Board Chair of The Florida Holocaust Museum Responds to Jan. 6 Capitol Rioter Comparing her Treatment to Holocaust Victims

After a participant from the Capitol riot one year ago today compared her treatment to that of the Jews in Germany, Chair of the Florida Commissioner’s Task Force on Holocaust Education and Board Chair of The Florida Holocaust Museum Michael Igel released a statement on the realities of the Holocaust, stressing that false equivalencies trivialize those events.


ST. PETERSBURG, Fla. – Jan. 6, 2022 – On the one-year anniversary of the January 6th riot at the United States Capitol, it is clear there is still problematic rhetoric coming from the rioters present at the Capitol that day, according to Mike Igel, Board Chair of the Florida Holocaust Museum and Chair of the Florida Commissioner’s Task Force on Holocaust Education.

Igel points to Jenna Ryan, a participant at the riot who, after pleading guilty and being sentenced to 60 days in prison, stated that her treatment was comparable to that of Jews in Germany, apparently referring to the Holocaust.

“If Jenna Ryan thinks her situation is comparable to the Holocaust, she has some serious learning to do. If she was being persecuted like the Jews during the Holocaust, lots of different things could have happened to her: she could have been placed in a ghetto, killed on the spot, tortured, starved, herded into a cattle car, brought to a concentration camp, and murdered… based solely on her religion. Instead, she pled guilty to participating in the January 6 riot at the US Capitol and will be a free woman in just a matter of months.”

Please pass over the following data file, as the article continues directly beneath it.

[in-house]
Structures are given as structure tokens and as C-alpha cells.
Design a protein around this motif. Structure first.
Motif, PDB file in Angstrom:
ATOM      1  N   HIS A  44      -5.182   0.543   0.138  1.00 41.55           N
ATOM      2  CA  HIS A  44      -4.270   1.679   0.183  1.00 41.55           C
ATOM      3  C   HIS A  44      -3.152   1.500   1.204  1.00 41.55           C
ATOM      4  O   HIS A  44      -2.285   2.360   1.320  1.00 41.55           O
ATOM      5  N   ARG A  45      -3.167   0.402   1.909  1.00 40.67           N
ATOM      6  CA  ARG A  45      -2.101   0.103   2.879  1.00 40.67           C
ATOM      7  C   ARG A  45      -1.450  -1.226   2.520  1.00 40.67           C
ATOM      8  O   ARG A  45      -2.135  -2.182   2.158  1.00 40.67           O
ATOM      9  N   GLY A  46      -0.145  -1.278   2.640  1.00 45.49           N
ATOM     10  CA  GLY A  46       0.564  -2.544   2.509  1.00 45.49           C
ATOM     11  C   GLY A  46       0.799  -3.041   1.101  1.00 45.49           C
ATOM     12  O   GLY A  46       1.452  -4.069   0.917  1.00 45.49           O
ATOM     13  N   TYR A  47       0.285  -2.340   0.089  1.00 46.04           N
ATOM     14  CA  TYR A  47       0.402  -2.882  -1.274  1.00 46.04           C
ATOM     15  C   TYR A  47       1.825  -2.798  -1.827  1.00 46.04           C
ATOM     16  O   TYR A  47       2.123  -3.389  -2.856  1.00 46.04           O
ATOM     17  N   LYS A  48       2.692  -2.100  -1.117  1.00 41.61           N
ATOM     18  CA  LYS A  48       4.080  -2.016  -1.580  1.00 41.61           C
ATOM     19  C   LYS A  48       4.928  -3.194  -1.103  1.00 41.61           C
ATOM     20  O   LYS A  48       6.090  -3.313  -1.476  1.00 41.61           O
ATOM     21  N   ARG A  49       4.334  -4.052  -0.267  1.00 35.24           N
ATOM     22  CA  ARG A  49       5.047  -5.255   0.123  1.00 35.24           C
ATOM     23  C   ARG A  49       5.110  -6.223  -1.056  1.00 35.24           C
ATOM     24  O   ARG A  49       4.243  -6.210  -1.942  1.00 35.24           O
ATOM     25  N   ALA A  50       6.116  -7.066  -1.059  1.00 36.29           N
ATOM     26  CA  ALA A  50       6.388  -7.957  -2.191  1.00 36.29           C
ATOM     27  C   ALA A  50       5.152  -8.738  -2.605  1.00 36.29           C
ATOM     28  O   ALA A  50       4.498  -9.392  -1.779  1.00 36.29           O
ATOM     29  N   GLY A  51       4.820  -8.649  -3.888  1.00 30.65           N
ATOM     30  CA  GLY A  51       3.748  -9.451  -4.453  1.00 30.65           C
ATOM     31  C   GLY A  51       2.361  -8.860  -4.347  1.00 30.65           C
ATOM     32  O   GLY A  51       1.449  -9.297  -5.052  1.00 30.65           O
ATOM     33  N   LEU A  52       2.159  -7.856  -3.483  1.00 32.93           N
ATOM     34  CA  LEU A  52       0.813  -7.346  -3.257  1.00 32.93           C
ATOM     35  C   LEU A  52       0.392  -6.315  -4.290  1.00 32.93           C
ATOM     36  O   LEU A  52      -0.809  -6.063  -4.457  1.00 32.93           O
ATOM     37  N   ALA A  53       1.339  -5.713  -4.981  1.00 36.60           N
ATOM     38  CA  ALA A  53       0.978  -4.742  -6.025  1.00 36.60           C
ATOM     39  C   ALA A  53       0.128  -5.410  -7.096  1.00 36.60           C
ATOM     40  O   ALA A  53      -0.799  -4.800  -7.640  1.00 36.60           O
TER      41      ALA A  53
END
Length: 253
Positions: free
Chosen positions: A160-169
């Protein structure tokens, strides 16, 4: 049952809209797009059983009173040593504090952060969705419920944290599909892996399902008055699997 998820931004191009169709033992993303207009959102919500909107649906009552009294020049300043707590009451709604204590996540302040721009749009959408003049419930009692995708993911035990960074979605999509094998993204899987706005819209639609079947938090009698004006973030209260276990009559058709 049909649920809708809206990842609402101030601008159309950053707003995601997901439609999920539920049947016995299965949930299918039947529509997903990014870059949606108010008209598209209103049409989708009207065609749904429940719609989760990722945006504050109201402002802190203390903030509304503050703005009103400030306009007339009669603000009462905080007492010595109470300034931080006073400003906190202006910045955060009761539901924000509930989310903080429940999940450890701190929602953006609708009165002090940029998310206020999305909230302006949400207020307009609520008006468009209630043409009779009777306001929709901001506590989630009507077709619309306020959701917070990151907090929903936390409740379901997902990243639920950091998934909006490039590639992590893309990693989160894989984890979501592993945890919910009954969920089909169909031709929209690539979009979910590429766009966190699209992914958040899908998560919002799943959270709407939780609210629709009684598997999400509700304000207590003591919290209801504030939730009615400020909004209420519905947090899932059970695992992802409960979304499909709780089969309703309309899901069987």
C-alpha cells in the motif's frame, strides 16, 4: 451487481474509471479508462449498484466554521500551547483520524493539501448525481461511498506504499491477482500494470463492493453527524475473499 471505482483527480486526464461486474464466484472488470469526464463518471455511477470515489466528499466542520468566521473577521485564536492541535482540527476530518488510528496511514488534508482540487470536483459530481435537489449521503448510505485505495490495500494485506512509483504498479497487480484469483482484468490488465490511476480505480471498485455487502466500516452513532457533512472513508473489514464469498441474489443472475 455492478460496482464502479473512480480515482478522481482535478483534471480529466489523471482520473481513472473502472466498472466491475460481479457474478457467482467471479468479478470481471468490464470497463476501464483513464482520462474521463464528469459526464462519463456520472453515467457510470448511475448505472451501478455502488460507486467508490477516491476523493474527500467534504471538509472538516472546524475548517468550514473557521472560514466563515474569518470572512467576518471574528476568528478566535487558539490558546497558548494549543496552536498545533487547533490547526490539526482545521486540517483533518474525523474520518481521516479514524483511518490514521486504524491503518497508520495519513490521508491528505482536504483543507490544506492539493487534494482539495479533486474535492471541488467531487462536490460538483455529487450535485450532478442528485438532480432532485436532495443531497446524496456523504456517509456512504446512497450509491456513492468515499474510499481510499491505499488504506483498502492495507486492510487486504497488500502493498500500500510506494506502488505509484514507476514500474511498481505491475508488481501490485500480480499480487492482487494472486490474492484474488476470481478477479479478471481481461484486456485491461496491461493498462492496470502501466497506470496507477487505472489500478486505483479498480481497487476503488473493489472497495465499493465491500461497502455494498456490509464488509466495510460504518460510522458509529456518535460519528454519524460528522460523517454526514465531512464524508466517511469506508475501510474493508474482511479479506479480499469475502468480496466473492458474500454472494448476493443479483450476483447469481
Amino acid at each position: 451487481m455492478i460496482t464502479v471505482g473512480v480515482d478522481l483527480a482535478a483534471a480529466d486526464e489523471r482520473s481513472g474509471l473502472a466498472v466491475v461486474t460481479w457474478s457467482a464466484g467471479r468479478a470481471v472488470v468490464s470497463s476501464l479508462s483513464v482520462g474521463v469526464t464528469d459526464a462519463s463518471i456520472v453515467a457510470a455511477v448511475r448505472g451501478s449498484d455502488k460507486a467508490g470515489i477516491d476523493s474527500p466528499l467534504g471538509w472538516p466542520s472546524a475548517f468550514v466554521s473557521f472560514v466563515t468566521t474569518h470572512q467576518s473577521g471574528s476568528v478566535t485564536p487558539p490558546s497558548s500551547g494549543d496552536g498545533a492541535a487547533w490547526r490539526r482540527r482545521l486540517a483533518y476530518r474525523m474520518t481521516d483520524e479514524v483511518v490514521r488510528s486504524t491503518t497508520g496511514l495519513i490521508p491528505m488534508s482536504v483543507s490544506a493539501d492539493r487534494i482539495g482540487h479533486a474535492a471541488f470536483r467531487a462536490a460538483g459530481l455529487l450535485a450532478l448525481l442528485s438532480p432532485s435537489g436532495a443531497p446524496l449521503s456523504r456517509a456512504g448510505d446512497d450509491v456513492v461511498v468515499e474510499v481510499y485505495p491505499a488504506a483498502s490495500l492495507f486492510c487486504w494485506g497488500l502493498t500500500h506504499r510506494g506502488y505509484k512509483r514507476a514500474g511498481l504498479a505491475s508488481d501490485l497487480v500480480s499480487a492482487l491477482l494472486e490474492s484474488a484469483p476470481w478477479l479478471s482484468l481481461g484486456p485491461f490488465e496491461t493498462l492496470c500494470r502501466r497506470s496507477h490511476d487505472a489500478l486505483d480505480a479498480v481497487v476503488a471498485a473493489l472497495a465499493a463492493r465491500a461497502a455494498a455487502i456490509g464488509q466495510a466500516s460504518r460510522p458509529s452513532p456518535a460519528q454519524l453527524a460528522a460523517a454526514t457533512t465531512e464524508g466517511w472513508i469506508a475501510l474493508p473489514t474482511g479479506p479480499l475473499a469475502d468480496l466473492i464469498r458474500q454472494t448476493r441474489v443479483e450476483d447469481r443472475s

Igel says these knee-jerk false equivalencies trivialize the events of the Holocaust, and the prominence of this school of thought highlights the need for more comprehensive Holocaust education.

In his role on the Task Force, Igel works with the Florida Commissioner of Education to integrate Holocaust education into schools and programs throughout Florida to create more understanding and empathy for the horrific events of the past, with the hope that this will lead to a better future.

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About The Florida Holocaust Museum

One of the largest Holocaust museums in the country, and one of three nationally accredited Holocaust museums, The Florida Holocaust Museum honors the memory of millions of men, women, and children who suffered or died in the Holocaust. The FHM is dedicated to teaching members of all races and cultures the inherent worth and dignity of human life in order to prevent future genocides. For additional information, please visit